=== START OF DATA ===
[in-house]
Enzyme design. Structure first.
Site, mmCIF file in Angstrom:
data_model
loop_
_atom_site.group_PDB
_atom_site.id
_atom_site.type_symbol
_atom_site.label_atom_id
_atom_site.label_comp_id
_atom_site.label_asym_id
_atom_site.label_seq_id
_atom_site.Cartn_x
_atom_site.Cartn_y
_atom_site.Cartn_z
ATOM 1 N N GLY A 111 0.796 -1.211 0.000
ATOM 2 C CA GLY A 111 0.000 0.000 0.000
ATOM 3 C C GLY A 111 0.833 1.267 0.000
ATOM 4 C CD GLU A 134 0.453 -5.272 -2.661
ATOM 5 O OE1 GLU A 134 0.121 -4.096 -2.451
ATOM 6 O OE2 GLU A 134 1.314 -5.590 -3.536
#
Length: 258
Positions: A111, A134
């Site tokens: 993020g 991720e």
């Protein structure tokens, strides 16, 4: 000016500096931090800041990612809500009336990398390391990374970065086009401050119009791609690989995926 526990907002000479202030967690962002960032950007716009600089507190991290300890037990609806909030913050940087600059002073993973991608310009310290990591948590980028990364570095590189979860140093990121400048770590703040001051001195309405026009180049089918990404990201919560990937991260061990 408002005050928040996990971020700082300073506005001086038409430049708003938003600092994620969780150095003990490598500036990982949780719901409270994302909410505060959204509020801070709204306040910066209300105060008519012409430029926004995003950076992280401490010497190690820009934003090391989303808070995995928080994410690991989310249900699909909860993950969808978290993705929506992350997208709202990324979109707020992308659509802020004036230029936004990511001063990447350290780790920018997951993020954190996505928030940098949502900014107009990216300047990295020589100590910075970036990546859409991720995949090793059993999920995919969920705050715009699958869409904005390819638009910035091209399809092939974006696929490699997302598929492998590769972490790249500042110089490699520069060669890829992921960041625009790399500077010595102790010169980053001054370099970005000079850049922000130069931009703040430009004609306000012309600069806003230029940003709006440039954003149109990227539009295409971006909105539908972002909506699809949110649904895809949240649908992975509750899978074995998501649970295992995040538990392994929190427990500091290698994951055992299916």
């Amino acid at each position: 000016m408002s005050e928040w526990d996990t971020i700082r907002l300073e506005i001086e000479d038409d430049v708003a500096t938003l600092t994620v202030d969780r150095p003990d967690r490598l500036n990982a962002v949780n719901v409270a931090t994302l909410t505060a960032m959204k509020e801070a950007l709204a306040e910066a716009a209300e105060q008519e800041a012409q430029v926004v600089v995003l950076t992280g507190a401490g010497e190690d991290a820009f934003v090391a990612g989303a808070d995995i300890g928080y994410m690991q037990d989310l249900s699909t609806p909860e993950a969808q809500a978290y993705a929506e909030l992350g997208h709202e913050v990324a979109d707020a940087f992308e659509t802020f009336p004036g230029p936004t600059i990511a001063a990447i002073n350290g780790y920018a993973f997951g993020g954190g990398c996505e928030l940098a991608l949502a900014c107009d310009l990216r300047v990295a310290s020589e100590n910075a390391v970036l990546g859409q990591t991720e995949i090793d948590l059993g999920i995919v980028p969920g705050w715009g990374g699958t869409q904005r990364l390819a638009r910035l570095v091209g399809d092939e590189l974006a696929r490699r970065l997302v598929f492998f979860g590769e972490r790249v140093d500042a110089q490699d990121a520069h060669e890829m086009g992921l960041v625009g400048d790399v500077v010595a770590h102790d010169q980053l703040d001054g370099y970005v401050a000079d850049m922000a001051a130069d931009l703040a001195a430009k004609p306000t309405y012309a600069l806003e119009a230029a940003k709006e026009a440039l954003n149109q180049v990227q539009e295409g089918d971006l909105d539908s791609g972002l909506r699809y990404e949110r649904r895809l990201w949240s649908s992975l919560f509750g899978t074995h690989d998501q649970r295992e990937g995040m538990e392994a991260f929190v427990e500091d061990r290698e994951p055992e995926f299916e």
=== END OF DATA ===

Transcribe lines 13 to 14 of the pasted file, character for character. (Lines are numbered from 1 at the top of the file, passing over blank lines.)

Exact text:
_atom_site.Cartn_x
_atom_site.Cartn_y